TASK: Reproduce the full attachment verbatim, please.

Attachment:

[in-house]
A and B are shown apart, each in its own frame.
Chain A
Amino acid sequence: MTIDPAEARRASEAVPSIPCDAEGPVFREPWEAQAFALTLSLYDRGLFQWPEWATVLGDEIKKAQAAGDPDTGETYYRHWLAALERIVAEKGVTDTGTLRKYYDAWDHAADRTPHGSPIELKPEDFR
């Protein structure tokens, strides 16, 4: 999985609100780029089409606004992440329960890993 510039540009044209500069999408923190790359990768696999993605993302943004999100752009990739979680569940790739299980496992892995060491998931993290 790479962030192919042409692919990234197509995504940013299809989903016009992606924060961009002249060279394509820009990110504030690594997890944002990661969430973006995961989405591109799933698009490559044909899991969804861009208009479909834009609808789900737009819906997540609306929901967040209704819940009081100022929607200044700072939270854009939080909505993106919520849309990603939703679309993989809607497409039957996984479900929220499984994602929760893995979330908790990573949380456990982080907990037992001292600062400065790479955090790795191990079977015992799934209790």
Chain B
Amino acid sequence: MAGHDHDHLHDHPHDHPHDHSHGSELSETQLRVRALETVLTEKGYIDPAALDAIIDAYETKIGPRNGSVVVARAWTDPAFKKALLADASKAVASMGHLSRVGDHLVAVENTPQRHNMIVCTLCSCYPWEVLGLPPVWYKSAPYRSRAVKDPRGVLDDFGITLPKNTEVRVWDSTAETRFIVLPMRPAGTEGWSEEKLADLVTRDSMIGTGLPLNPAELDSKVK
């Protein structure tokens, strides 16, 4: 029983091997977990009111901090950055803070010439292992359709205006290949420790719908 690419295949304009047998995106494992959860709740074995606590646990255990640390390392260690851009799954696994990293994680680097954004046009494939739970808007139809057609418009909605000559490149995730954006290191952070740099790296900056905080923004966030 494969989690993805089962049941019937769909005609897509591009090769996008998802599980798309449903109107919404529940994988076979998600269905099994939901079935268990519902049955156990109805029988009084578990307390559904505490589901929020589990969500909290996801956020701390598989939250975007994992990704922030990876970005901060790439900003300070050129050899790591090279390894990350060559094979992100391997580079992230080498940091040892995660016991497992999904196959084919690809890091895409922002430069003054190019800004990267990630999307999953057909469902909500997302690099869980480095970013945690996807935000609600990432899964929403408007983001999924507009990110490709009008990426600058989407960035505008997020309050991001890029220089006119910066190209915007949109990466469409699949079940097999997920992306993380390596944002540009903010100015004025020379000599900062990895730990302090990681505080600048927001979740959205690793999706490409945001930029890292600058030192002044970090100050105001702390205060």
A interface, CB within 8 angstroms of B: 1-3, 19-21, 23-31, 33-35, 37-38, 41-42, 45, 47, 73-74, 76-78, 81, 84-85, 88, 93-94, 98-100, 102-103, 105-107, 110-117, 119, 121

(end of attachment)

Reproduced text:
[in-house]
A and B are shown apart, each in its own frame.
Chain A
Amino acid sequence: MTIDPAEARRASEAVPSIPCDAEGPVFREPWEAQAFALTLSLYDRGLFQWPEWATVLGDEIKKAQAAGDPDTGETYYRHWLAALERIVAEKGVTDTGTLRKYYDAWDHAADRTPHGSPIELKPEDFR
């Protein structure tokens, strides 16, 4: 999985609100780029089409606004992440329960890993 510039540009044209500069999408923190790359990768696999993605993302943004999100752009990739979680569940790739299980496992892995060491998931993290 790479962030192919042409692919990234197509995504940013299809989903016009992606924060961009002249060279394509820009990110504030690594997890944002990661969430973006995961989405591109799933698009490559044909899991969804861009208009479909834009609808789900737009819906997540609306929901967040209704819940009081100022929607200044700072939270854009939080909505993106919520849309990603939703679309993989809607497409039957996984479900929220499984994602929760893995979330908790990573949380456990982080907990037992001292600062400065790479955090790795191990079977015992799934209790």
Chain B
Amino acid sequence: MAGHDHDHLHDHPHDHPHDHSHGSELSETQLRVRALETVLTEKGYIDPAALDAIIDAYETKIGPRNGSVVVARAWTDPAFKKALLADASKAVASMGHLSRVGDHLVAVENTPQRHNMIVCTLCSCYPWEVLGLPPVWYKSAPYRSRAVKDPRGVLDDFGITLPKNTEVRVWDSTAETRFIVLPMRPAGTEGWSEEKLADLVTRDSMIGTGLPLNPAELDSKVK
């Protein structure tokens, strides 16, 4: 029983091997977990009111901090950055803070010439292992359709205006290949420790719908 690419295949304009047998995106494992959860709740074995606590646990255990640390390392260690851009799954696994990293994680680097954004046009494939739970808007139809057609418009909605000559490149995730954006290191952070740099790296900056905080923004966030 494969989690993805089962049941019937769909005609897509591009090769996008998802599980798309449903109107919404529940994988076979998600269905099994939901079935268990519902049955156990109805029988009084578990307390559904505490589901929020589990969500909290996801956020701390598989939250975007994992990704922030990876970005901060790439900003300070050129050899790591090279390894990350060559094979992100391997580079992230080498940091040892995660016991497992999904196959084919690809890091895409922002430069003054190019800004990267990630999307999953057909469902909500997302690099869980480095970013945690996807935000609600990432899964929403408007983001999924507009990110490709009008990426600058989407960035505008997020309050991001890029220089006119910066190209915007949109990466469409699949079940097999997920992306993380390596944002540009903010100015004025020379000599900062990895730990302090990681505080600048927001979740959205690793999706490409945001930029890292600058030192002044970090100050105001702390205060």
A interface, CB within 8 angstroms of B: 1-3, 19-21, 23-31, 33-35, 37-38, 41-42, 45, 47, 73-74, 76-78, 81, 84-85, 88, 93-94, 98-100, 102-103, 105-107, 110-117, 119, 121